Here's a major update on the UVA campus sexual assault allegations
The University of Virginia just released an update on the investigation into the campus sexual assault allegations that sparked a national controversy. In case you need a quick refresher on the events surrounding the now-infamous Rolling Stone article on campus rape at UVA, here’s what went on. The story, which centered on a student named Jackie detailing a horrifying gang-rape at a fraternity and the school authorities’ failure to act appropriately to the crime, was later found to have some major reporting missteps.
It was a depressing chapter because the story, intended to bolster support for sexual assault survivors on campus instead served to overshadow a very real and pervasive problem. Police launched an investigation into the fraternity at the center of the story (after the entire Greek system was suspended in response to the allegations) and, after many weeks, finally reported their findings.
Though investigators haven’t cleared Phi Kappa Psi, the fraternity at the center of the scandal, they also have found no evidence to support that a sexual assault of the kind described in the Rolling Stone article took place at the house.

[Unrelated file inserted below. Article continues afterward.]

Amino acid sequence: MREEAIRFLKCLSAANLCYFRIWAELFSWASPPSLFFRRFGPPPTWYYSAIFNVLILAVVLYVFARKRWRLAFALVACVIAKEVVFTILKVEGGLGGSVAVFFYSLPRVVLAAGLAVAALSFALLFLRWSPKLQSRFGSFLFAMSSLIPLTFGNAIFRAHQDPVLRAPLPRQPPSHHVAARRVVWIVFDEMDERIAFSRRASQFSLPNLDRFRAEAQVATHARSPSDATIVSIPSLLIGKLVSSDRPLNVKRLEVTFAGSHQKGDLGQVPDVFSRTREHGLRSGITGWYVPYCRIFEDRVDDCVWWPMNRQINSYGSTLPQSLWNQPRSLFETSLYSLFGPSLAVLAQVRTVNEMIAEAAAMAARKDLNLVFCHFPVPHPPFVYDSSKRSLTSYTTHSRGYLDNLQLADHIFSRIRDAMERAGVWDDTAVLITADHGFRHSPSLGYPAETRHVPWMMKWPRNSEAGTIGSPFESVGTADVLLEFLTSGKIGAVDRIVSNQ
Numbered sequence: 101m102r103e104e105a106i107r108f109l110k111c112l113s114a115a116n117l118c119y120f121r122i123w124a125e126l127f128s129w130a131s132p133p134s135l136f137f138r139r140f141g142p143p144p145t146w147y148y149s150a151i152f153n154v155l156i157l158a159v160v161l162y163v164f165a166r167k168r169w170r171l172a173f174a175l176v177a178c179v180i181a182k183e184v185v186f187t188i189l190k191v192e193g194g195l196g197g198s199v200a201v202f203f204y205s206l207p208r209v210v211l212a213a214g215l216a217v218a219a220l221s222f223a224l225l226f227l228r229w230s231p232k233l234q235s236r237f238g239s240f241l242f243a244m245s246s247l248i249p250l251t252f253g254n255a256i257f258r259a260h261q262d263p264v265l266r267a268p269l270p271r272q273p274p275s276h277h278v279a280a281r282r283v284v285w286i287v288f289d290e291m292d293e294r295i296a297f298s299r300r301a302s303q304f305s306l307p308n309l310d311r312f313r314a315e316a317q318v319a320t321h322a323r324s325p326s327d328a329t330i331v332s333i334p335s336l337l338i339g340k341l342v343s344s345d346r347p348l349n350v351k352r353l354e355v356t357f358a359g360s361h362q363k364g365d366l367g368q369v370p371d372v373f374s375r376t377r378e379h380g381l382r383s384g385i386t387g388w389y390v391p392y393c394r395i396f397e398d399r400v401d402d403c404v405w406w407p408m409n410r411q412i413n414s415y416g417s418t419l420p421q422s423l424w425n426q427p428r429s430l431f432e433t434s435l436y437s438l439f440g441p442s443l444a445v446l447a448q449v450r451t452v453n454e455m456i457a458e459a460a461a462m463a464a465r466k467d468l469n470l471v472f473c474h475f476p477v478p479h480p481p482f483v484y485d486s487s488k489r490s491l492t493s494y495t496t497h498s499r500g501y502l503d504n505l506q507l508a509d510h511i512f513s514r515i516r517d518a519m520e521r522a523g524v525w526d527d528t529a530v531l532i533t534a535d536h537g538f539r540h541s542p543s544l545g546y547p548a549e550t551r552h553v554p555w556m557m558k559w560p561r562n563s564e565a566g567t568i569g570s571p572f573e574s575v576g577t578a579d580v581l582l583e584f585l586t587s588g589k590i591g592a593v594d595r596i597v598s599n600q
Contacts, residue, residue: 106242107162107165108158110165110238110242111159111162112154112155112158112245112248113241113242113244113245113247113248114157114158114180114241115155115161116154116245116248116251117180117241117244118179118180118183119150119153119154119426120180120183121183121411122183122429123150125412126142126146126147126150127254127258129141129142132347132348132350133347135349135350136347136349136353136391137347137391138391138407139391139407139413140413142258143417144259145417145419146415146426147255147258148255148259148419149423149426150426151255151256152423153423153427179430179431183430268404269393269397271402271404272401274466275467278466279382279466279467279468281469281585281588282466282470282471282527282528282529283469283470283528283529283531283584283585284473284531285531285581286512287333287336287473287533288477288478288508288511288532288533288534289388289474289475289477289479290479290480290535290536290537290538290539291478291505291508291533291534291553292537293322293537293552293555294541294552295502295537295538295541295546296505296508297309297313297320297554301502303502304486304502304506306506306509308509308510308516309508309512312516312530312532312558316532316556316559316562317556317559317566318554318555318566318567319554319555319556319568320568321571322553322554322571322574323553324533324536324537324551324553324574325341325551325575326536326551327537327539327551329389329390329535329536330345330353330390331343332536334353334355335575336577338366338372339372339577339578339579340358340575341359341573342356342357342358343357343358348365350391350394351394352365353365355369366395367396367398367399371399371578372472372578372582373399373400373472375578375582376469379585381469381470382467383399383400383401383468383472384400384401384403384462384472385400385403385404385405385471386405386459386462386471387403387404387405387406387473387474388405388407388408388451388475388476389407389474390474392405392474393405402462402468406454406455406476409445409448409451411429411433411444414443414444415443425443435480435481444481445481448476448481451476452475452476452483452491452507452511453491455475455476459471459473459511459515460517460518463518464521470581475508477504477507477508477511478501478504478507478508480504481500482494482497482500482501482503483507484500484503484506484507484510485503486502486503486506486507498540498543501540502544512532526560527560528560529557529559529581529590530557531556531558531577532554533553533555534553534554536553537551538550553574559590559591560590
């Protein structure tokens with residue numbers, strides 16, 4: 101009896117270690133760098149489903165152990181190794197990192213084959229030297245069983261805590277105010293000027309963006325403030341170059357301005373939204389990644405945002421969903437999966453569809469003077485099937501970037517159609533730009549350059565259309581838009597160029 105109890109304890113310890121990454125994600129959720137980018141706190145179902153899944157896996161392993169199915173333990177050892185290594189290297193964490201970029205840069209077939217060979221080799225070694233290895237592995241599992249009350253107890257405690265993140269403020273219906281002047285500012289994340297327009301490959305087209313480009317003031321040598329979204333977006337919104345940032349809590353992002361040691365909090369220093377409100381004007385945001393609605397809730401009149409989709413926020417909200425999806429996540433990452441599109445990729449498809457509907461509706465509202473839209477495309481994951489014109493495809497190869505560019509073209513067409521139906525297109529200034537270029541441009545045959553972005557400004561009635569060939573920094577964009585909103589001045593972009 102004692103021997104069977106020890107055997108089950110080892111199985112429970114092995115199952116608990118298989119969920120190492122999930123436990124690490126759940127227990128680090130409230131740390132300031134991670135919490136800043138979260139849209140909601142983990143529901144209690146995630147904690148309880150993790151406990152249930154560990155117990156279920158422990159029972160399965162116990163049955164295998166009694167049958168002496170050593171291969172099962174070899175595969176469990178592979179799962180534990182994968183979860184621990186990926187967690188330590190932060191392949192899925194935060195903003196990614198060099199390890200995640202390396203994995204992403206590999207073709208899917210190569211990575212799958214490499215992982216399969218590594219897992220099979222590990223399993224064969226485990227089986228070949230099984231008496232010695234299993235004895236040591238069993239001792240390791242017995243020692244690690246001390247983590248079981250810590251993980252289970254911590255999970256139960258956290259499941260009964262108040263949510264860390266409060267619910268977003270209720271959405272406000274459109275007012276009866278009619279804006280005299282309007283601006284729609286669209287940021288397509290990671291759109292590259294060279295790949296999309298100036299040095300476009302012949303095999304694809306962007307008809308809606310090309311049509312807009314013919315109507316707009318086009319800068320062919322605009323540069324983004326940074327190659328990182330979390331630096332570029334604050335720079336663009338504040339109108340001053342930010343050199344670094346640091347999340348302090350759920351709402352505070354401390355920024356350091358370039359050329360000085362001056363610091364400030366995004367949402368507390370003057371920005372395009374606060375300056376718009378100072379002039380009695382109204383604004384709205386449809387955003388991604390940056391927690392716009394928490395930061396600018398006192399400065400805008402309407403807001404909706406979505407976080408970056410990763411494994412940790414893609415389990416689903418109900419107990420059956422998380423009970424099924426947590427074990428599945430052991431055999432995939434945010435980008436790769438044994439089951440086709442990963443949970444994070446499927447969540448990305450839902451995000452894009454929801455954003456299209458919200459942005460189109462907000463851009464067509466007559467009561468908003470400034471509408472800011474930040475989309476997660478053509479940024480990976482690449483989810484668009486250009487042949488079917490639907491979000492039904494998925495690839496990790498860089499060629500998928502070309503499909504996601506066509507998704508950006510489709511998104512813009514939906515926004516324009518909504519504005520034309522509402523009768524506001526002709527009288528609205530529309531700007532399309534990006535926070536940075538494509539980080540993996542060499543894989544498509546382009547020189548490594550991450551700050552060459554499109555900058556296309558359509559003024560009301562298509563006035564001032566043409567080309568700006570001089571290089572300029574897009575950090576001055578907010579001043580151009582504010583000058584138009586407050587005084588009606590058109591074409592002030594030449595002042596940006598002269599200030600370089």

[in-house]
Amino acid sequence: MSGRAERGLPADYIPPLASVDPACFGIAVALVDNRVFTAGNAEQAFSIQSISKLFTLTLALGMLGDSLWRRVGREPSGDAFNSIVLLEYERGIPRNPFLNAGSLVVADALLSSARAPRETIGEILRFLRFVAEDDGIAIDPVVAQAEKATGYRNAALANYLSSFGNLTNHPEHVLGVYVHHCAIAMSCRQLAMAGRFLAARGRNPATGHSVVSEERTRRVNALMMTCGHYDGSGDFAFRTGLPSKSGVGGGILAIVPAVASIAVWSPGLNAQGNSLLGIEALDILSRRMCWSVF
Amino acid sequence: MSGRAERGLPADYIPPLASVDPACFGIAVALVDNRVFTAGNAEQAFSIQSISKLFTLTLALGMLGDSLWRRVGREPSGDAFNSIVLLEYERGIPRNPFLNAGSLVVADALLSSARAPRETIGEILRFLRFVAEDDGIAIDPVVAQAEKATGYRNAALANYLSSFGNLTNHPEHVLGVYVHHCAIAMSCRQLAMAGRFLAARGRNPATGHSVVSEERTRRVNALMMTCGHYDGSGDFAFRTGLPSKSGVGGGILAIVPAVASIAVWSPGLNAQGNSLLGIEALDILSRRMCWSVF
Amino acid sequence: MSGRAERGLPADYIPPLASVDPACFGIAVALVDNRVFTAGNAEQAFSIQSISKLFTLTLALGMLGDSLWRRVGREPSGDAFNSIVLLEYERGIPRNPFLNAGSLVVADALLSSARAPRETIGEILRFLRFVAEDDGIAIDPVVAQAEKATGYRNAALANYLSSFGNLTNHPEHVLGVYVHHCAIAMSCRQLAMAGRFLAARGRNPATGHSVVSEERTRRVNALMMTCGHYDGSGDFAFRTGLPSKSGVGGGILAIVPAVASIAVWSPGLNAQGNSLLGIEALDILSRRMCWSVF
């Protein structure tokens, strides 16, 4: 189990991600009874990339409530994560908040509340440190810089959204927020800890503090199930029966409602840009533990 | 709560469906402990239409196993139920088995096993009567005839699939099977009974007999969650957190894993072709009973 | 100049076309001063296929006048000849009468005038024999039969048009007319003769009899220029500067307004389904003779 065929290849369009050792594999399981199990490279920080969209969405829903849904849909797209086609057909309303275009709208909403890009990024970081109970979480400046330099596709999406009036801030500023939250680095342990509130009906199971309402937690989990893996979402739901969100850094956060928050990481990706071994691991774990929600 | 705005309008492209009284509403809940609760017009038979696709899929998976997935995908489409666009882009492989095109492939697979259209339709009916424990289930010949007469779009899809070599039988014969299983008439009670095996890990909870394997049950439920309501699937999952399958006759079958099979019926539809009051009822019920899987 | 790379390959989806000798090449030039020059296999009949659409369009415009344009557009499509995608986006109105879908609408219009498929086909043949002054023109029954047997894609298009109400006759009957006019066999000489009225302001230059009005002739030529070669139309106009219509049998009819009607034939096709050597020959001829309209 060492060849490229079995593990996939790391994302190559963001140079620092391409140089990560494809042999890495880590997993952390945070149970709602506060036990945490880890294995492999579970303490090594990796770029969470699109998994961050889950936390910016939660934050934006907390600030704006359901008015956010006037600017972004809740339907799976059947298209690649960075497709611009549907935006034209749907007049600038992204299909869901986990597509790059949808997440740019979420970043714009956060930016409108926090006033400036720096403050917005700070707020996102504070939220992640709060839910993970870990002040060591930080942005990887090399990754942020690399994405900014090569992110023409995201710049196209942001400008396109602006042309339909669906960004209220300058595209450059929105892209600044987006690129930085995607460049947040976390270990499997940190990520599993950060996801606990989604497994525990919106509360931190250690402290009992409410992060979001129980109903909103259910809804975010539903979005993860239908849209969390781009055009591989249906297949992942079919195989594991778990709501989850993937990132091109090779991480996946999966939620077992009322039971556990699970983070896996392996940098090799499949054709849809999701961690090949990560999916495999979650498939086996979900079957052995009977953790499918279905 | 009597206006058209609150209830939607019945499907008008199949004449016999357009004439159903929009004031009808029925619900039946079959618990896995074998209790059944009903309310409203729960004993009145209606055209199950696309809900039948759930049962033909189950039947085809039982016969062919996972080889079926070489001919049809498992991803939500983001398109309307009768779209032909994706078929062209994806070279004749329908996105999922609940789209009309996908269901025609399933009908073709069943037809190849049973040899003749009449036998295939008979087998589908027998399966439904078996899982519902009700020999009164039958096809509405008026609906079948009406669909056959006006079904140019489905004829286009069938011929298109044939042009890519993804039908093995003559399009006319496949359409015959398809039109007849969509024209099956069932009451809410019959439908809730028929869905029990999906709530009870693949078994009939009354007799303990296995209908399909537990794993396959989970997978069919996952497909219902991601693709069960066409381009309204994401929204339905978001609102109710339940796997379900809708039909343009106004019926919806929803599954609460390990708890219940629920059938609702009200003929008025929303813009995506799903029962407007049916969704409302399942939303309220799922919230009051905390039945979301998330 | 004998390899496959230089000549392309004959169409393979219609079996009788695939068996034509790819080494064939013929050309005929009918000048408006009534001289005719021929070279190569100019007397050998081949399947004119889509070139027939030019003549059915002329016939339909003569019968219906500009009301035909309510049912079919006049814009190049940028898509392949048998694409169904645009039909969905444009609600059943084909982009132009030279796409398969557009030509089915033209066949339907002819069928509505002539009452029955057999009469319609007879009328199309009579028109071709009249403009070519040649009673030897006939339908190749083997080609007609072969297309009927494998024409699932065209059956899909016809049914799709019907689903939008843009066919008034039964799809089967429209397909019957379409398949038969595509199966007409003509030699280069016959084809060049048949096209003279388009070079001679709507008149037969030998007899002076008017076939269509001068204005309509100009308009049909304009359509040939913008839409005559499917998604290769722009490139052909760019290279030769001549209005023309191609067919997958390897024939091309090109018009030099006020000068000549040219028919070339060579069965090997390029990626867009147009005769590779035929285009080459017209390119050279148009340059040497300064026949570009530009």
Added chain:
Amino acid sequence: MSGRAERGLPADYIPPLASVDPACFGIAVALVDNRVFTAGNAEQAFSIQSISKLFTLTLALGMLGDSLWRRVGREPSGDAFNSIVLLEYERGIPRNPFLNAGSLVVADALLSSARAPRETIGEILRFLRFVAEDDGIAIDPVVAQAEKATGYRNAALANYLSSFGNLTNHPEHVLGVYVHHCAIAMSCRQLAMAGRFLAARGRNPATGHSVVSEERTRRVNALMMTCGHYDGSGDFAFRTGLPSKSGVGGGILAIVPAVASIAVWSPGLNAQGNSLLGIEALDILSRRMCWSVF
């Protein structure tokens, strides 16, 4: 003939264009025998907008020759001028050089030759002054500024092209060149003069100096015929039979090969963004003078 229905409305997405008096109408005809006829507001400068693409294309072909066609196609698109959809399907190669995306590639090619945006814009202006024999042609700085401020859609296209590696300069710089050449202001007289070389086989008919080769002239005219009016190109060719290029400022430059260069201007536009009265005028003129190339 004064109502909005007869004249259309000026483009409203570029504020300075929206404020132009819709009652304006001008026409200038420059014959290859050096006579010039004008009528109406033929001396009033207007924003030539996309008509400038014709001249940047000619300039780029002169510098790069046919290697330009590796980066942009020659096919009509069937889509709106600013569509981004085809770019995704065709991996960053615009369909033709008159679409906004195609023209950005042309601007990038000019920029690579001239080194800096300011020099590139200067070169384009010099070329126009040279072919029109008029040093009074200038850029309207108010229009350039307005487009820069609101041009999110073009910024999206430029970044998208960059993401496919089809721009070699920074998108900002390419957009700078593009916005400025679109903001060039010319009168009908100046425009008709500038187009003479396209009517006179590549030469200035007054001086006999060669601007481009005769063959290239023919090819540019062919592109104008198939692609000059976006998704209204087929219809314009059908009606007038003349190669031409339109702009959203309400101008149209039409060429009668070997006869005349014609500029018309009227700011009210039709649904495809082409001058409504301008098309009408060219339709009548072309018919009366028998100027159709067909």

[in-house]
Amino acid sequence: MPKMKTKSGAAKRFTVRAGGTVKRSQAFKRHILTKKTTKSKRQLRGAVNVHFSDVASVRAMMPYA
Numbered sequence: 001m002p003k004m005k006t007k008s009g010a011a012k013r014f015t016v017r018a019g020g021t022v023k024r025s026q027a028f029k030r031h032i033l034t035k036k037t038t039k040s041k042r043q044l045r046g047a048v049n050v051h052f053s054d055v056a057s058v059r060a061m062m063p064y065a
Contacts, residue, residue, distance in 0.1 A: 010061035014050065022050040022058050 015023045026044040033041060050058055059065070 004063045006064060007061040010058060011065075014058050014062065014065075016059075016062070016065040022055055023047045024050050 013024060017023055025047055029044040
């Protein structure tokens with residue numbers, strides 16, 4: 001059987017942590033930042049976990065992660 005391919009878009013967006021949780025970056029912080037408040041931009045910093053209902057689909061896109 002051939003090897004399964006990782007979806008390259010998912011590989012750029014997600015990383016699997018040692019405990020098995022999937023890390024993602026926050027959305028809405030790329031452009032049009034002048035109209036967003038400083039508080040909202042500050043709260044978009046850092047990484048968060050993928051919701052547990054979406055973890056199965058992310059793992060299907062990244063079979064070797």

“We’re still investigating,” Charlottesville Police Captain Gary Pleasants told the Los Angeles Times. “But there was no reason to keep this house under sanctions.”
In response to the Charlottesville Police Department’s findings, UVA announced in a statement, reported by the Washington Post yesterday, that they would be reinstating Phi Kappa Psi and the rest of the Greek system.
Of course, just because the Rolling Stone story had flaw does not discredit the larger issue of sexual violence on campus. And if this story has any silver lining, it’s that it forced the school and fraternity named in the story to seriously reassess their policy towards incidents of sexual assault.
“We believe that in the midst of this ordeal, there is an opportunity to move forward with important safety improvements,” said Phi Kappa Psi President Stephen Scipione in a statement. “This has prompted us to take a closer look at ourselves and what role organizations like ours may play in this problem. It’s opened all of our eyes to the problem of sexual assault. Now it’s time to do something about it.”